The Government set the bar high when it set out its ambition for the national broadband plan. While this meant that bringing forward a future-proofed solution would be complex and challenging, as we have witnessed, it also acted as a catalyst to encourage very significant investment by commercial operators in deployment of high-speed broadband networks. It is without question that the pace and nature of the deployment of high-speed broadband networks by commercial operators in the past two years has been significantly influenced by the Government’s intervention through the national broadband plan. That is a welcome development for Ireland and, as a direct response to the ambition set by this Government, the services now being rolled out by commercial operators are offering a basic service of in excess of 100 Mbps download speeds.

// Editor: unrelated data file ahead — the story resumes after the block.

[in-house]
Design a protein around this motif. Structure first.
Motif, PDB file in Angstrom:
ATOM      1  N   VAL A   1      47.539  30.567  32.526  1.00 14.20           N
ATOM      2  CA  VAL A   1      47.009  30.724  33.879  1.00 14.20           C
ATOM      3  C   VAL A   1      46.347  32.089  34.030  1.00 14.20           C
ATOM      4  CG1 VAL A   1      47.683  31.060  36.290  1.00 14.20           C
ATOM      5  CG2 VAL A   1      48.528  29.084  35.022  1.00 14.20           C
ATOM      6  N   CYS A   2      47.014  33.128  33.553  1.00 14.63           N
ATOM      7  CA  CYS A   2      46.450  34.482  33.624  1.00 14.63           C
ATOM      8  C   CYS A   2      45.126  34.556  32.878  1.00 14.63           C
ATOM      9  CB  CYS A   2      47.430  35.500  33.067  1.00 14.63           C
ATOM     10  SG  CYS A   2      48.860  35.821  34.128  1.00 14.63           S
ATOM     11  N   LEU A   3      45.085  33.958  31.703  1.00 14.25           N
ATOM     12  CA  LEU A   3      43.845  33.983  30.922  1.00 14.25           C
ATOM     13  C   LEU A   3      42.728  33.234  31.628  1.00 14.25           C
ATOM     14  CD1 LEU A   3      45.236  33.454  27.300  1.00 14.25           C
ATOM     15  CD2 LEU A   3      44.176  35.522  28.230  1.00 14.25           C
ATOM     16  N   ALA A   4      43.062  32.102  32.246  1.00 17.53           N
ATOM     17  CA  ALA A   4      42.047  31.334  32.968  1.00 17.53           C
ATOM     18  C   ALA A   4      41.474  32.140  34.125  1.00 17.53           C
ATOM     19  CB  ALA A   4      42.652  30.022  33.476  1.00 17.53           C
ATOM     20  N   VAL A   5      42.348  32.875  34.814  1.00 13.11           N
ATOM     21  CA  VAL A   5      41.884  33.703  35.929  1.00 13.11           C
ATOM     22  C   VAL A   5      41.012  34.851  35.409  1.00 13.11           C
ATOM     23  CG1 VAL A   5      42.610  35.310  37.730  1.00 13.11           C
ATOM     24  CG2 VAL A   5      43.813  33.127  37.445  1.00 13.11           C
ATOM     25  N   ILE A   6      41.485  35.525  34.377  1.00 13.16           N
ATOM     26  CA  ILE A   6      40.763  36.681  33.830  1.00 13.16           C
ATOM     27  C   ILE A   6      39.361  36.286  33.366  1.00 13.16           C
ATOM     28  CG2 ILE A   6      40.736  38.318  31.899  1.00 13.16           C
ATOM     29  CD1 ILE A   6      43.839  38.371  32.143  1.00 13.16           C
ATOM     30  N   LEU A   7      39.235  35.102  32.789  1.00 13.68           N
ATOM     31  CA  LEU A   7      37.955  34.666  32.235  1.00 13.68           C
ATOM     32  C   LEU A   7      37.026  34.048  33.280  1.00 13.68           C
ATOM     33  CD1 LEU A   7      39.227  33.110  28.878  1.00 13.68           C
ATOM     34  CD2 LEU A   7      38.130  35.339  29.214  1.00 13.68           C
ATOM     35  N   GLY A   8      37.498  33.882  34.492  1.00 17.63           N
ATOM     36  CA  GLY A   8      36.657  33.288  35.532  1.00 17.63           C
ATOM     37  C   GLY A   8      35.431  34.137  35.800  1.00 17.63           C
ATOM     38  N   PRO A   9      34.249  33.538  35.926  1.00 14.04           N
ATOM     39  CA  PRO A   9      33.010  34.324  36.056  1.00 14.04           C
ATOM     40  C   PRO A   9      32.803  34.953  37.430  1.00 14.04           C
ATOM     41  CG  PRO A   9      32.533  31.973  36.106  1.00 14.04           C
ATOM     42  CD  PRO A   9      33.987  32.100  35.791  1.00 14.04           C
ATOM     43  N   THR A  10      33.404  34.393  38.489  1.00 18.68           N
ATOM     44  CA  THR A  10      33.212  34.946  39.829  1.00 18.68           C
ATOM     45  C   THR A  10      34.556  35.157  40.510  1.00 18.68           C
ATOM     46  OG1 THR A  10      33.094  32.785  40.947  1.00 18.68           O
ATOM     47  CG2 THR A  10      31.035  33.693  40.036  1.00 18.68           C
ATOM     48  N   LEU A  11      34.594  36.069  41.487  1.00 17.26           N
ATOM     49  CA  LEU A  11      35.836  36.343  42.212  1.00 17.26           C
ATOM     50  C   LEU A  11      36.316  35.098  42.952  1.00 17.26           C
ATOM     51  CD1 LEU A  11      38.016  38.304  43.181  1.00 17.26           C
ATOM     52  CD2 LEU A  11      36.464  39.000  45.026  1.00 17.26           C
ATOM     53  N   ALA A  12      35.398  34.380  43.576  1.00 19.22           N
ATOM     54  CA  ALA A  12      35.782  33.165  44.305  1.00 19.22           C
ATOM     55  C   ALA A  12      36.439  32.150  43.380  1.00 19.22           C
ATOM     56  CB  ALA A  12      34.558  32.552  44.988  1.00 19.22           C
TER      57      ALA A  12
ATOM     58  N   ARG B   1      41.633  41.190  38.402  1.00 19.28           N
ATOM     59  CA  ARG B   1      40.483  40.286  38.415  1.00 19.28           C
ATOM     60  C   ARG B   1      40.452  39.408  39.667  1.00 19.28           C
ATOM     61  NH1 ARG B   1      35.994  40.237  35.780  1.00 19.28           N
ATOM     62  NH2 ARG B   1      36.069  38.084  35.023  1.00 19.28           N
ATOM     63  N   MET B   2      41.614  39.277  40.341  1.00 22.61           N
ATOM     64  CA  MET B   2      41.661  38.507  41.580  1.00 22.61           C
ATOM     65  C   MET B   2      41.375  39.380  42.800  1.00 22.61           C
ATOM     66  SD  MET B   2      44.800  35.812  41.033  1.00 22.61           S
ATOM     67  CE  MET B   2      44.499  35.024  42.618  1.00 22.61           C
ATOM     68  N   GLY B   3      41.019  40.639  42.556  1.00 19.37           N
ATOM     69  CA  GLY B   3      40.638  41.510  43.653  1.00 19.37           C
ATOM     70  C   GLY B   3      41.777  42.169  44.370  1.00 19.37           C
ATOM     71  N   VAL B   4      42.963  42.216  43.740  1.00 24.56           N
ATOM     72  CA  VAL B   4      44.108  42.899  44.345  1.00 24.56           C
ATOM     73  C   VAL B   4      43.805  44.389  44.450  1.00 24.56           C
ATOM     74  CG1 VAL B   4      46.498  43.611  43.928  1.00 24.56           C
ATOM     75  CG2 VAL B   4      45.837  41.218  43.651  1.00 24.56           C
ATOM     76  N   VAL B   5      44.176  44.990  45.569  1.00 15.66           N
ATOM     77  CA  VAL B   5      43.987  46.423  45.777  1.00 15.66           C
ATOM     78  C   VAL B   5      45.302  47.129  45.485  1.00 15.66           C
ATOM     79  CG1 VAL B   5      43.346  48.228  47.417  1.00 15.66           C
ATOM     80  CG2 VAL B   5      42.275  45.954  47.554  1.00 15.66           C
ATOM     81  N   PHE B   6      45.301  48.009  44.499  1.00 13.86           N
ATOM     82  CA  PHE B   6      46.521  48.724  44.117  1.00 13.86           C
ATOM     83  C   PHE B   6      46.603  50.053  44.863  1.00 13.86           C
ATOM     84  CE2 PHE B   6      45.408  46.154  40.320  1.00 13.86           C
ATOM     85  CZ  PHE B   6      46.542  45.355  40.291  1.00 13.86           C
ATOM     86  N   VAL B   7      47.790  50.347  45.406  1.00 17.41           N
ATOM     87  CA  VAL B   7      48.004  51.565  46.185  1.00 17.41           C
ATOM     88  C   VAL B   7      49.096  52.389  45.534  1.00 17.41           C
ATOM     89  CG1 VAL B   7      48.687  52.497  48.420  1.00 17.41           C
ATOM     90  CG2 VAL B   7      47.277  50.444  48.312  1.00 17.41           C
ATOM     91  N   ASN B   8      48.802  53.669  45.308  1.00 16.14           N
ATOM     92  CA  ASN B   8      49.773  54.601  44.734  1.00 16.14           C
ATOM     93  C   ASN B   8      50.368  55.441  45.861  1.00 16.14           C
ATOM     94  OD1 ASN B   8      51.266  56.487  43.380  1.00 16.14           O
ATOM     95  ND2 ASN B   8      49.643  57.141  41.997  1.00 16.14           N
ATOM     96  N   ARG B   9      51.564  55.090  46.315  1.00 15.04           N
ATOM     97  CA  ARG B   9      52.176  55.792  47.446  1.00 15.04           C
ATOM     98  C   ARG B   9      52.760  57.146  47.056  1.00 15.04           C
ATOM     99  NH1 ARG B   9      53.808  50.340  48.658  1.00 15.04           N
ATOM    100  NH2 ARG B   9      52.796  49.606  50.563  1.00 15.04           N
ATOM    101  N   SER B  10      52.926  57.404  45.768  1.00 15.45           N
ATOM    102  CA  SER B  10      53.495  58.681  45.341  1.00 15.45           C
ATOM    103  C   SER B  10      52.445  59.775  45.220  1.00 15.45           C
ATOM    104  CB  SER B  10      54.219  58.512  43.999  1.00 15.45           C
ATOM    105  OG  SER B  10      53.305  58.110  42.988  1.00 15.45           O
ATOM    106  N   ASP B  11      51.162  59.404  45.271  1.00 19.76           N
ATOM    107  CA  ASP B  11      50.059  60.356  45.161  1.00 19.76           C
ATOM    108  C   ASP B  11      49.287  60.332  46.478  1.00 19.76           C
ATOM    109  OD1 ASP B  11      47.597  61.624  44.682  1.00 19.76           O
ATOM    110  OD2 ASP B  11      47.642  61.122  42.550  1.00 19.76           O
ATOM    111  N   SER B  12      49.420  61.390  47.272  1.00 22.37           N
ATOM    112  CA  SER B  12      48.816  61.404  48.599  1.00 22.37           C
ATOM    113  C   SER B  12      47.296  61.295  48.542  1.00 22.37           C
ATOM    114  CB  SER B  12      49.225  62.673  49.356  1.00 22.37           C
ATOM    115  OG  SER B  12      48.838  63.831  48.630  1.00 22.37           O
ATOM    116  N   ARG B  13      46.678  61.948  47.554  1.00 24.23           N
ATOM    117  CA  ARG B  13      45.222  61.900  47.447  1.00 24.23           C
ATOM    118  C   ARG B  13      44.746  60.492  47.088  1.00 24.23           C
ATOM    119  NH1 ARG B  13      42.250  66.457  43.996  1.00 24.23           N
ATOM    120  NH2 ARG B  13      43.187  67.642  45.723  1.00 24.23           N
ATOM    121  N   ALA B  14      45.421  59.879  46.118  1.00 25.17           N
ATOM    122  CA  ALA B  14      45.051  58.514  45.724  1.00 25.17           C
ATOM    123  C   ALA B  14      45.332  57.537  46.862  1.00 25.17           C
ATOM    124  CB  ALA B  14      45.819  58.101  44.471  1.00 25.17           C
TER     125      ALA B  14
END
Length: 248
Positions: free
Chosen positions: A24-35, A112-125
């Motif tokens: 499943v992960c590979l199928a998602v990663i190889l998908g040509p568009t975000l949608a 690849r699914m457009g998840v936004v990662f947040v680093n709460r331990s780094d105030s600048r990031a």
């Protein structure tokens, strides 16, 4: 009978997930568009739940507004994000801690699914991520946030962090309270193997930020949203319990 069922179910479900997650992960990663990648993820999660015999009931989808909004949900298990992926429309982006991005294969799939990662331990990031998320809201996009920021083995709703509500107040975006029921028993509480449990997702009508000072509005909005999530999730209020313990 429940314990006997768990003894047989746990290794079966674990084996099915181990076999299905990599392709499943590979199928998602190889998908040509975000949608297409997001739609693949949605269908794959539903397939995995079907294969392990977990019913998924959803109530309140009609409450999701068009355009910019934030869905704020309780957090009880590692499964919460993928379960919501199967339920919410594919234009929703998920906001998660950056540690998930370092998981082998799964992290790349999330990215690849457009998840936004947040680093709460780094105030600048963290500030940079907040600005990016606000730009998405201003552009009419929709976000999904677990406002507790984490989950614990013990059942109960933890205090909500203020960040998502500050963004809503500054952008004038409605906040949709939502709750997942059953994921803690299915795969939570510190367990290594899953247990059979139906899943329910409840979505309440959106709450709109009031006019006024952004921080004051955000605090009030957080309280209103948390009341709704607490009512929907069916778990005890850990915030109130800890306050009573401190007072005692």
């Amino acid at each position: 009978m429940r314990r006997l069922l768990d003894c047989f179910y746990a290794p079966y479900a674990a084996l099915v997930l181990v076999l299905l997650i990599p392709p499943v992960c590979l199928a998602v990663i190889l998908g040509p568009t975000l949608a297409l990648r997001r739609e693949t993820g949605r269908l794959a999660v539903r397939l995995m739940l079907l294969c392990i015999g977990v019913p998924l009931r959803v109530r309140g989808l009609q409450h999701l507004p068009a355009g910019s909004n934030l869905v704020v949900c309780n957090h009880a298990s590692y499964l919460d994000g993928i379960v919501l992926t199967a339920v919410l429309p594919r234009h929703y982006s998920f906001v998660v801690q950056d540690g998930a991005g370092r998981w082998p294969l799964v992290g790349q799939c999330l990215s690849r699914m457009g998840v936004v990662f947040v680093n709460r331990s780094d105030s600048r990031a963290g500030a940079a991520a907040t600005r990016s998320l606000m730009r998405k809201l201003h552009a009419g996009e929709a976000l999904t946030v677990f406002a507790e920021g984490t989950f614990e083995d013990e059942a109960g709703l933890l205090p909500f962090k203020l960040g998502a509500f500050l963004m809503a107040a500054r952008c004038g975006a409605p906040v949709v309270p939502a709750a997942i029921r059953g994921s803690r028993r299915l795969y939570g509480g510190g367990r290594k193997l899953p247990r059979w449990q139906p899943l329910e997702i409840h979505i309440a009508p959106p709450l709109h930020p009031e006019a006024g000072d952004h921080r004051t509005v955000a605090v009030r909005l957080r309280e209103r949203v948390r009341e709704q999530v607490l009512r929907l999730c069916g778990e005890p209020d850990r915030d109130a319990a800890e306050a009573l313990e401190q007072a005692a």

The national broadband plan procurement process was launched following a comprehensive consultation with commercial operators on their plans to serve premises in the potential intervention area. At that point, the map included approximately 757,000 premises. While the procurement was ongoing, Eir came forward with a further commercial plan to build a high-speed broadband network to serve 300,000 of those premises within the planned State intervention area. Eir’s submission was evaluated by my Department in accordance with the criteria that apply to the NBP mapping process and was found to be a credible plan. As a consequence, and in keeping with state aid rules, the map had to be revised to remove these 300,000 premises. This is evidence of an aspect of the complexity of managing a procurement process to address a clear market failure, when commercial companies can continue to bring forward investment plans in parallel with the procurement process.